“I’m going to run away,”
were words that I used to say a lot as a kid.
the concept was pretty solid:
step 1: attempt to slam bedroom door.
step 2: get bedroom door stuck on carpet, preventing a satisfying slam.
step 3: pack backpack.
step 4: realize that backpack will not fit entire zoo of stuffed animals.
step 5: admit defeat, cry, decide that it is easier to hide in the closet or under the bed for hours than follow through with my threat.
Had I gotten past my front door I would have realized that I’d be walking at least a mile and a half before even making it out of my development. Thanks, suburbia.
In high school I was still trying to run away. This was when I realized the limitations of my town, which constrained me to sleepy residential roads framed by county roads packed with cars. This was when I spent a lot of time in the woods, or out on the dock, or just sitting in my driveway.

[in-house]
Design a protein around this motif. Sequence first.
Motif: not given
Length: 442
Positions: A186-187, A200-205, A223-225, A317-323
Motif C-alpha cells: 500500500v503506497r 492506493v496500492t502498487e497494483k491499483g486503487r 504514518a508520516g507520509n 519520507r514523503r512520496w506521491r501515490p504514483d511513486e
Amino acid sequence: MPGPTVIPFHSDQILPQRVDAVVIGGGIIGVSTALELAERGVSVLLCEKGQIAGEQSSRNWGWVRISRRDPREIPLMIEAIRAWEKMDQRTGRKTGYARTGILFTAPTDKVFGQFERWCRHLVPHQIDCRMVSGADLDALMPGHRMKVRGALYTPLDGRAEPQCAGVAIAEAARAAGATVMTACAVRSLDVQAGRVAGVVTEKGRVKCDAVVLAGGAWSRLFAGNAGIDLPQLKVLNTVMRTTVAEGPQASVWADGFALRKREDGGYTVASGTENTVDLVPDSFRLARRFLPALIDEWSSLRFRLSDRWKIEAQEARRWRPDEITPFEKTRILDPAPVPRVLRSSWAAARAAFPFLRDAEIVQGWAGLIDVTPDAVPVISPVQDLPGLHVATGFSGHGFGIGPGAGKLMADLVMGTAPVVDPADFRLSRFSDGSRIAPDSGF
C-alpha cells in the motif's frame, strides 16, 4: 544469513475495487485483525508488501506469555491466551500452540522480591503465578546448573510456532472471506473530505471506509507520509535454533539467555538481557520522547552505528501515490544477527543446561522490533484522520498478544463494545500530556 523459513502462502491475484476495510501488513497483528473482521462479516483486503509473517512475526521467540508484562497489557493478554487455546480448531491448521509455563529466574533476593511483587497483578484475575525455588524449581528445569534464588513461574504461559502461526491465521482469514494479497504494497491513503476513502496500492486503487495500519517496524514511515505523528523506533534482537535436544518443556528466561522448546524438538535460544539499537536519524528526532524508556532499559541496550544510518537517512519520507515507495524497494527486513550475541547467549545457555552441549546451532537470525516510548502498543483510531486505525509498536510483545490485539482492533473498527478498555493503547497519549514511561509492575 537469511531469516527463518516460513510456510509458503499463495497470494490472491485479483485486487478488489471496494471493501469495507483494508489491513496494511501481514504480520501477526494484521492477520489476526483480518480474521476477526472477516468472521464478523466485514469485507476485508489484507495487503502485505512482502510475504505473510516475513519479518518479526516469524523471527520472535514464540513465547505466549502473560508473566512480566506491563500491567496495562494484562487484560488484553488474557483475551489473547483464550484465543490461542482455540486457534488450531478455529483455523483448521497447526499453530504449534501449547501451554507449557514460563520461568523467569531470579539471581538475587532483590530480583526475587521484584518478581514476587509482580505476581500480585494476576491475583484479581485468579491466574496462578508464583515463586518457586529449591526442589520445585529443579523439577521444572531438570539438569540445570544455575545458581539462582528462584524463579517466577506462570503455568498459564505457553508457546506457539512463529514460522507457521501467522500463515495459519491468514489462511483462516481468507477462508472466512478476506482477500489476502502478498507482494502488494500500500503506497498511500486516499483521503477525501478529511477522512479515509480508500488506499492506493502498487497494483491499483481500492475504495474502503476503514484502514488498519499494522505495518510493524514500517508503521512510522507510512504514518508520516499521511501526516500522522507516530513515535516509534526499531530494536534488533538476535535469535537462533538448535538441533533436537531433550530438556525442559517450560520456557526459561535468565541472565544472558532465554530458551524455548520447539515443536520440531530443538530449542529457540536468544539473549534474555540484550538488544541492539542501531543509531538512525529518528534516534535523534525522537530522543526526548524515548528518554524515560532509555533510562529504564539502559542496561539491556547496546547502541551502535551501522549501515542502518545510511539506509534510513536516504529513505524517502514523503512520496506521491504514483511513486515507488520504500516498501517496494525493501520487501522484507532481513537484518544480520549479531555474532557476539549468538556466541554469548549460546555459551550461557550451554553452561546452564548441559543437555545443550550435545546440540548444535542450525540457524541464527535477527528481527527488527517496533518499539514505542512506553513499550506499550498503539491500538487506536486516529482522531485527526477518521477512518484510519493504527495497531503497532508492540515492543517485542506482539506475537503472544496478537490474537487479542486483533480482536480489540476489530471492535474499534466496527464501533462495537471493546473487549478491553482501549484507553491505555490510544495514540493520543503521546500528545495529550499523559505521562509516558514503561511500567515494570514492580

Reading journal entries from that time make me yearn to go back and hold that girl’s hand, tell her that in ten, twelve years she’ll be sitting on her couch in Berkeley, windows open, sunlight and light flower smells wafting in, writing this entry and feeling okay. Or, dare I say it… good.
Everyone’s trying to run away. And it’s so easy to push away from a life you don’t want without knowing what you’re running towards.
But things are, despite it all, always getting better. There’s no need to go anywhere; just ride it out right where you lie.